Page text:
Published On: Tue, Feb 11th, 2014

L’Oréal Buying Back 8% Of its Own Shares From Nestlé For Total Value of $8.2 Billion

International cosmetics giant L’Oréal announced its financial results for the full fiscal year to December 31st, 2013 yesterday afternoon, after the market closed, which Jewish Business News reported on here.

137645643 Liliane Bettencourt  GETTY FRONT

Liliane Bettencourt / Getty

L’Oréal’s own primary reference shareholder continues to be the family of Liliane Bettencourt, including her daughter Francoise Bettencourt-Meyers and her two grandsons. Taken as a whole, the family owns over 30% of L’Oréal’s shares.

While the financial results announced themselves were excellent, this alone did not seem to explain the 4% rise in the company’s shares that took place yesterday during the course of the day.

There had also been some rumours in the financial press in recent days, to the effect that another of L’Oreal’s strategic shareholders, the international food company Nestlé Inc, which also owns about 30% of the company might be seeking to reduce its own shareholding. Jewish Business News described some of the background to this in its report yesterday as well.

Nestlé had acquired its shareholding in 1974, and the Bettencourt family also obtained a substantial holding in Nestlé at the time, as well. Both holdings were governed by a shareholders agreement between them which is due now to expire after 40 years – i.e. in 2014 itself.

Well this morning the other shoe has indeed dropped, and L’Oréal has made an additional announcement, jointly with Nestle, to the effect that the Boards of Directors of both companies have approved a strategic transaction between them. Under the terms of the proposed transaction L’Oréal will now buy back 48.5 million of its own shares from Nestlé, or about 8% of the outstanding shares of the company.

L’Oréal will pay for the deal as follows;

i) For 27.3 million of Nestlé’s shares it will put up cash of US$ 4.6 billion (Euros 3.4 billion) at a reference price of US$169.29 (Euros 124.48) per share. This price is the average closing price of L’Oréal’s stock in the last three months.

ii) For the remaining 21.2 million shares being bought back L’Oréal will provide consideration to Nestlé by way of transferring to Nestlé its 50 % interest in a joint venture they currently hold equally between them, namely Swiss dermatology pharmaceuticals company Galderma.

Bettencourt-Meyers Family / Getty

After the repurchase by the company all 48.5 million shares will be cancelled. As a result Nestlé’s stake in the company will be reduced to 23.29% and the Bettencourt family’s own stake in the share capital of L’Oréal will increase from 30.6% to 33.31%.

Reflecting its lower level of influence Nestlé’s number of representatives entitled to sit on the L’Oréal Board of Directors will now reduce from three members to two, and the existing shareholders agreement will be appropriately amended and extended.

According to L’Oréal the buy back should be accretive to earnings per share during 2014 by more than 5%, on a full year basis. As of the time of writing this morning the company’s shares are trading at US$175.92 (Euros 129.35) per share, reflecting a generally positive view of the deal.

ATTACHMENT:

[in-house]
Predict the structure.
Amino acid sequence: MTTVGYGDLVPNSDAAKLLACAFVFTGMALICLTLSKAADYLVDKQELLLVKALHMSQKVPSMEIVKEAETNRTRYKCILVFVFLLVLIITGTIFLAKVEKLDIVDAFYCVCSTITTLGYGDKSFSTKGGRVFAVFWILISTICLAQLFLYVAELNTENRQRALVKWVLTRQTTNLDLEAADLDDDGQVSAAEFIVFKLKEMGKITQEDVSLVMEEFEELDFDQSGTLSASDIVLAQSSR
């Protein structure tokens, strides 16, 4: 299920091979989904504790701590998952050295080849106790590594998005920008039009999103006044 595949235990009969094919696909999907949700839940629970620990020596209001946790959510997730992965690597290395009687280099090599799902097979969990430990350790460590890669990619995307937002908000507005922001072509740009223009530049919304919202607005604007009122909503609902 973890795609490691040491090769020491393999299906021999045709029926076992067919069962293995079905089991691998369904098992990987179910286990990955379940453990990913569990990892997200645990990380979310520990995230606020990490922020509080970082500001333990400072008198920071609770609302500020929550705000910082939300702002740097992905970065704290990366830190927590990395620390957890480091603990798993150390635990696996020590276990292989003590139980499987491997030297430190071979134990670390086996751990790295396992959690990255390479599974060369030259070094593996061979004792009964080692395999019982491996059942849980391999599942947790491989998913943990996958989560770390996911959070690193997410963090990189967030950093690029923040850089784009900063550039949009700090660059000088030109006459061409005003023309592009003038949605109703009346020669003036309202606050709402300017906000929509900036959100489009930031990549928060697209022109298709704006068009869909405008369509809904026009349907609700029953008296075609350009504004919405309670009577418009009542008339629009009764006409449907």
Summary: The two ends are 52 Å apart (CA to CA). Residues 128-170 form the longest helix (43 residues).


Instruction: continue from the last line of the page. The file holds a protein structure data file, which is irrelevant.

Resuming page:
The transaction is expected to close in the coming months, subject to any necessary approvals being obtained.

Mr. Jean-Paul AGON, Chairman and Chief Executive Officer of L’Oréal, said of the deal:

“This transaction represents a very positive strategic move for L’Oréal, its employees and its shareholders. L’Oréal will focus exclusively on its Cosmetics business and its “Beauty for all” mission, its universalisation strategy and its ambition to win one billion new consumers, ”

“L’Oréal will indeed benefit from a very significant and reinforced presence from the founding Bettencourt Meyers family, who will continue to fully support the company as it always did in the past.”

L’Oréal will also continue to benefit from the support of Nestlé, which has always been a loyal and constructive shareholder.”

“Lastly, all of L’Oréal’s shareholders will benefit from this transaction with an accretive impact on the company’s earnings, resulting from the buyback and subsequent cancellation of L’Oréal shares held by Nestlé.”

Mr. Agon just about sums it up very well one can say. L’Oréal is an excellent company, and the cash portion of the purchase price is well-affordable given their absolutely impregnable balance sheet, and the availability of a valuable and readily tradable asset in its 10% stake in pharmaceuticals company Sanofi as well, if they should choose to sell it.

Moreover, now these strategic control and ownership issues have been addressed, at least for the time being, the company can focus on, and we can now observe, its business performance in the year ahead, with considerable interest.

We should also note that as part of his own comments on the transaction Peter Brabeck-Letmathe, the Chairman of Nestlé, himself said, “Following the decrease of its stake in L’Oréal, Nestlé will continue to support the development of L’Oréal as in the past 40 years. In this context, Nestlé will continue to act in concert with the Bettencourt Meyers family and the existing agreements, adapted to the new situation, will remain in place.”

Very gentlemanly put.

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